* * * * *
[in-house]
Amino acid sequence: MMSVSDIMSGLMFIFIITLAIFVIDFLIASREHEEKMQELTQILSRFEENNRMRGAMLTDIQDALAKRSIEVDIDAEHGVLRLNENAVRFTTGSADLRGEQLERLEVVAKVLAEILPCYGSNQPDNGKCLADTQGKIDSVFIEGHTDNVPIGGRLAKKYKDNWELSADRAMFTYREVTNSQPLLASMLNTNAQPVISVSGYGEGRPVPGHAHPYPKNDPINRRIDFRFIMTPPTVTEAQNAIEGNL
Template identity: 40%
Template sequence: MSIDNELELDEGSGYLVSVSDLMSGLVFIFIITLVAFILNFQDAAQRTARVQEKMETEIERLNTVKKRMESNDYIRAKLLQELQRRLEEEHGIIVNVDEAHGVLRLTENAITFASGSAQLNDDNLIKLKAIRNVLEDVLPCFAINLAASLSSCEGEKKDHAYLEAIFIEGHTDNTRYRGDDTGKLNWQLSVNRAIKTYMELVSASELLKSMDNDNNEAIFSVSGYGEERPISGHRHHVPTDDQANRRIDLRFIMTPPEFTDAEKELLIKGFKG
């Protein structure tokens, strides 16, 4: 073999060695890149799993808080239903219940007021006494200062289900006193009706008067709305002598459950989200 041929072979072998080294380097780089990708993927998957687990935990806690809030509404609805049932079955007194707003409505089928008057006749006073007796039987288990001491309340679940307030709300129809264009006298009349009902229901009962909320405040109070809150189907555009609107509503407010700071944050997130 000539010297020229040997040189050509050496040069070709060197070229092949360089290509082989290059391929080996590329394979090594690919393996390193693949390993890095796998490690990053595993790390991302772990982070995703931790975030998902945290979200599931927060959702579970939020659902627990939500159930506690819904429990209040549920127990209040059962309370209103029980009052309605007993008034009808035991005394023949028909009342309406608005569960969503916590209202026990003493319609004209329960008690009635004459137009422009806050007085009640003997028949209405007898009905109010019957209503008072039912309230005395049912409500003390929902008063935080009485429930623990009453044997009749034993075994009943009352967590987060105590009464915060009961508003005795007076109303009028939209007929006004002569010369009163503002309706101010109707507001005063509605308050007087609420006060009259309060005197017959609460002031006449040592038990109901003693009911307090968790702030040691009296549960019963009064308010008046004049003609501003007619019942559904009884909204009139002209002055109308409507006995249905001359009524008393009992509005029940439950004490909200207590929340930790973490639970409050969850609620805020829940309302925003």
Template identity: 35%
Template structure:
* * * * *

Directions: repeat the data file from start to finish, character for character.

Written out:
[in-house]
Amino acid sequence: MMSVSDIMSGLMFIFIITLAIFVIDFLIASREHEEKMQELTQILSRFEENNRMRGAMLTDIQDALAKRSIEVDIDAEHGVLRLNENAVRFTTGSADLRGEQLERLEVVAKVLAEILPCYGSNQPDNGKCLADTQGKIDSVFIEGHTDNVPIGGRLAKKYKDNWELSADRAMFTYREVTNSQPLLASMLNTNAQPVISVSGYGEGRPVPGHAHPYPKNDPINRRIDFRFIMTPPTVTEAQNAIEGNL
Template identity: 40%
Template sequence: MSIDNELELDEGSGYLVSVSDLMSGLVFIFIITLVAFILNFQDAAQRTARVQEKMETEIERLNTVKKRMESNDYIRAKLLQELQRRLEEEHGIIVNVDEAHGVLRLTENAITFASGSAQLNDDNLIKLKAIRNVLEDVLPCFAINLAASLSSCEGEKKDHAYLEAIFIEGHTDNTRYRGDDTGKLNWQLSVNRAIKTYMELVSASELLKSMDNDNNEAIFSVSGYGEERPISGHRHHVPTDDQANRRIDLRFIMTPPEFTDAEKELLIKGFKG
């Protein structure tokens, strides 16, 4: 073999060695890149799993808080239903219940007021006494200062289900006193009706008067709305002598459950989200 041929072979072998080294380097780089990708993927998957687990935990806690809030509404609805049932079955007194707003409505089928008057006749006073007796039987288990001491309340679940307030709300129809264009006298009349009902229901009962909320405040109070809150189907555009609107509503407010700071944050997130 000539010297020229040997040189050509050496040069070709060197070229092949360089290509082989290059391929080996590329394979090594690919393996390193693949390993890095796998490690990053595993790390991302772990982070995703931790975030998902945290979200599931927060959702579970939020659902627990939500159930506690819904429990209040549920127990209040059962309370209103029980009052309605007993008034009808035991005394023949028909009342309406608005569960969503916590209202026990003493319609004209329960008690009635004459137009422009806050007085009640003997028949209405007898009905109010019957209503008072039912309230005395049912409500003390929902008063935080009485429930623990009453044997009749034993075994009943009352967590987060105590009464915060009961508003005795007076109303009028939209007929006004002569010369009163503002309706101010109707507001005063509605308050007087609420006060009259309060005197017959609460002031006449040592038990109901003693009911307090968790702030040691009296549960019963009064308010008046004049003609501003007619019942559904009884909204009139002209002055109308409507006995249905001359009524008393009992509005029940439950004490909200207590929340930790973490639970409050969850609620805020829940309302925003």
Template identity: 35%
Template structure: